The column on operational consistency in CONTRACTOR's December issue identified material waste as an issue that could potentially cost you big money. The example of a service truck was used to illustrate how easy it is to lose control of your inventory, incur damaged, squandered materials and generally bleed profit from your company.
The waste and damage impact is the same in a large company as in a small one. The more manpower and vehicles you have, the more you will lose on wasted and destroyed stock. In fact, the larger company has an even more difficult task because in addition to keeping an eye on materials, they must also be aware of vehicle maintenance and employee productivity for more than just a few trucks and men. So the problem is the same for everyone, it just expands outward as a question of magnitude.
Transportation vs. utility
Are your vehicles just trucks or are they platforms from which your personnel conduct your business? If your primary business is commercial, industrial or residential contracting, your trucks are really not much more than transportation for your crews with the occasional few lengths of pipe carried, or that supply house run when in need of a few items not on hand.
In that event, maintenance is your primary concern. Mileage and power are paramount (not that those things are unimportant to service companies). If contracting is your primary business, it is more important that your vehicles are always ready to take your people to the jobsites. However, if they fail, it is usually not catastrophic. If a truck breaks down, it might affect the driver, but the rest of your crew can always use their own vehicles or carpool to get to the jobsites.
A service truck, on the other hand, is the lifeblood of the company. While the mileage and power are an issue, just as they are for the contracting company, reliability is the holy grail of the service shop. If a service truck goes down for a maintenance issue, the repercussions are far greater for the company. One very successful company I know keeps one of their older service trucks fully stocked, fueled, maintained and ready to roll at all times to avoid such an incident. You know service to the customer is what it’s all about.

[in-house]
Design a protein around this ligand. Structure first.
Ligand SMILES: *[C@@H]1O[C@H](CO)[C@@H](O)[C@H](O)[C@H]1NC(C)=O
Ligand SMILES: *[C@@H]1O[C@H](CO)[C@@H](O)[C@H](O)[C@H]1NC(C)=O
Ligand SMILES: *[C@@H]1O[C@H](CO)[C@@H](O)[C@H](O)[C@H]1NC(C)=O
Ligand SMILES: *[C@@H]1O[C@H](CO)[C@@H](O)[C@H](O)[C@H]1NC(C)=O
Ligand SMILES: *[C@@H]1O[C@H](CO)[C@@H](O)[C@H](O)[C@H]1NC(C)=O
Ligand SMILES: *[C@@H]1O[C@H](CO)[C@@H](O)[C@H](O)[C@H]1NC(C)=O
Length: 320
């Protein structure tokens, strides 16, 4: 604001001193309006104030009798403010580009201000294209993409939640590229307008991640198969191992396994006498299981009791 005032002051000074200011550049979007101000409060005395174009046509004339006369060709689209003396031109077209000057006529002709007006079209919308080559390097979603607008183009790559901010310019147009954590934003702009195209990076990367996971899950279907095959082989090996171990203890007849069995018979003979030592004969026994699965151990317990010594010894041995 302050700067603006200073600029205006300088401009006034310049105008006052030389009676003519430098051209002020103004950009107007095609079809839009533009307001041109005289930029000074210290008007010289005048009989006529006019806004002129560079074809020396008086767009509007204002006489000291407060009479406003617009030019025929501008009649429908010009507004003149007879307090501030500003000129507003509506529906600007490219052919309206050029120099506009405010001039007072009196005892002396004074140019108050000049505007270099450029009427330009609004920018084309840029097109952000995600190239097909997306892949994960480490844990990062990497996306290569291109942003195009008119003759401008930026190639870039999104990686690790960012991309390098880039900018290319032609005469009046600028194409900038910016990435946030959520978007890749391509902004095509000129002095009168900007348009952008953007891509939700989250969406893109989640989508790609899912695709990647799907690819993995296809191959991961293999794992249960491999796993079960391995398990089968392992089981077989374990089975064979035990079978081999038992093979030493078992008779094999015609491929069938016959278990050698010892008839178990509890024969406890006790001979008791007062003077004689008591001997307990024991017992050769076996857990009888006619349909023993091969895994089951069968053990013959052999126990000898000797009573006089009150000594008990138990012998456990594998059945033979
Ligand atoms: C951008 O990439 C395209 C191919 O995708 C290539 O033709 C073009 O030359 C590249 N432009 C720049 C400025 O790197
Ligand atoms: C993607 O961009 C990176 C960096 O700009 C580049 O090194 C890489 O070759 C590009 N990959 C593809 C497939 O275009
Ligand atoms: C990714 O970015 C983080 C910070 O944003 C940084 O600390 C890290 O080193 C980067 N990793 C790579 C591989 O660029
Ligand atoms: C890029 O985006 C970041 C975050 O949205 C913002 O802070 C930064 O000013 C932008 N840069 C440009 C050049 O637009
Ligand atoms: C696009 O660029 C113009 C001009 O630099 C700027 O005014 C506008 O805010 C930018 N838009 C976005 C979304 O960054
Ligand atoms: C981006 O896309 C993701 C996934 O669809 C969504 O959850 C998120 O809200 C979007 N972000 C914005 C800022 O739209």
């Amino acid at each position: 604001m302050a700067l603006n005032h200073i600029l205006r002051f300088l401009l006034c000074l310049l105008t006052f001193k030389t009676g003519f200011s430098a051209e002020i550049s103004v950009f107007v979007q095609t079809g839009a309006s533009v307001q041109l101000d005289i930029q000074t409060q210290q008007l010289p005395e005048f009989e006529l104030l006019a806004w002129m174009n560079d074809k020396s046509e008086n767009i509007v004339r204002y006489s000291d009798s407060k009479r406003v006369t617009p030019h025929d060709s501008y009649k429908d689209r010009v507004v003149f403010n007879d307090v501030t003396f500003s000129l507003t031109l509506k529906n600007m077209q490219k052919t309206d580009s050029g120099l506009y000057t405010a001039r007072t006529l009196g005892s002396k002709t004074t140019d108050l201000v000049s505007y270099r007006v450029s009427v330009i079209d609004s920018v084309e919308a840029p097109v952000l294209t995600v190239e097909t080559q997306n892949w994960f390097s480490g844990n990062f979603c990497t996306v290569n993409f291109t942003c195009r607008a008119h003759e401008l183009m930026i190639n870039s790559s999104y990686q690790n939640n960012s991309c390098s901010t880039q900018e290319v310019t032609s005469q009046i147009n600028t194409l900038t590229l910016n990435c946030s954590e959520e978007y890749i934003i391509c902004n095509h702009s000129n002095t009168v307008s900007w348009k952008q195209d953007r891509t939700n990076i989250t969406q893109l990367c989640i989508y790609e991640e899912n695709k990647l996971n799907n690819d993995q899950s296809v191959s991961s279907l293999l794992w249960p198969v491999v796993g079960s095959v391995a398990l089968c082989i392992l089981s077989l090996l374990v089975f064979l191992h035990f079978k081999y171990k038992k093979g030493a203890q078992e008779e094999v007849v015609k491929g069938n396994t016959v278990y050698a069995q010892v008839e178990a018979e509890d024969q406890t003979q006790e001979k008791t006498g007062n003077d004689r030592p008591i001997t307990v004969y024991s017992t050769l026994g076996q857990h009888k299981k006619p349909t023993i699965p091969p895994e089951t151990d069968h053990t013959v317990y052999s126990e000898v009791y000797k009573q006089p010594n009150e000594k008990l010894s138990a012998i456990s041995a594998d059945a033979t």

Heavy duty pickup trucks dominate the contracting company fleet, while vans, box trucks and trailers are more prevalent for service shops. The reason is obvious so I don’t want to belabor the point.
A place for everything
When you are working in your shop and you know where all of your materials are and you can reach out and put a hand on any tool you need without having to search for it, you are at your most efficient. Don’t you want to be just as efficient when you are going from job to job, place to place, working on a variety of systems? Wouldn’t it be nice to have that same level of efficiency at your command? Of course it would.
A service truck should be laid out as thoroughly as possible. Holder’s for B-tanks, sewer cleaning equipment and the like should be installed in logical, easily accessible places. Bins, cabinets and shelves should be laid out logically and allowances should be made for the movement that occurs when the truck travels, so doors and drawers do not pop open. This arrangement also keeps stray materials from being damaged.
If the vehicle is long enough inside (10 feet or so clear space), internal pipe racks should be integrated into the design for convenience and security. Likewise, your tool bins should have sturdy, secure locking mechanisms.
Bins and shelving should be labeled, and stocked with only the material labeled on the bin. On some of the larger box trucks, it is even possible to install a small work bench with a vice and a 12 volt fluorescent light for close work.
None of this is rocket science after all. It’s common sense to maximize your time, which in turn maximizes your profit. An added bonus is that a well laid out and stocked service truck enables you or your service people to work smarter and with less stress while making the most of the vehicle, inventory and effort. This is something anyone can do and it pays dividends immediately.
The Brooklyn, N.Y.-born author is a retired third generation master plumber. He founded Sunflower Plumbing & Heating in Shirley, N.Y., in 1975 and A Professional Commercial Plumbing Inc. in Phoenix in 1980. He holds residential, commercial, industrial and solar plumbing licenses and is certified in welding, clean rooms, polypropylene gas fusion and medical gas piping. He can be reached at firstname.lastname@example.org.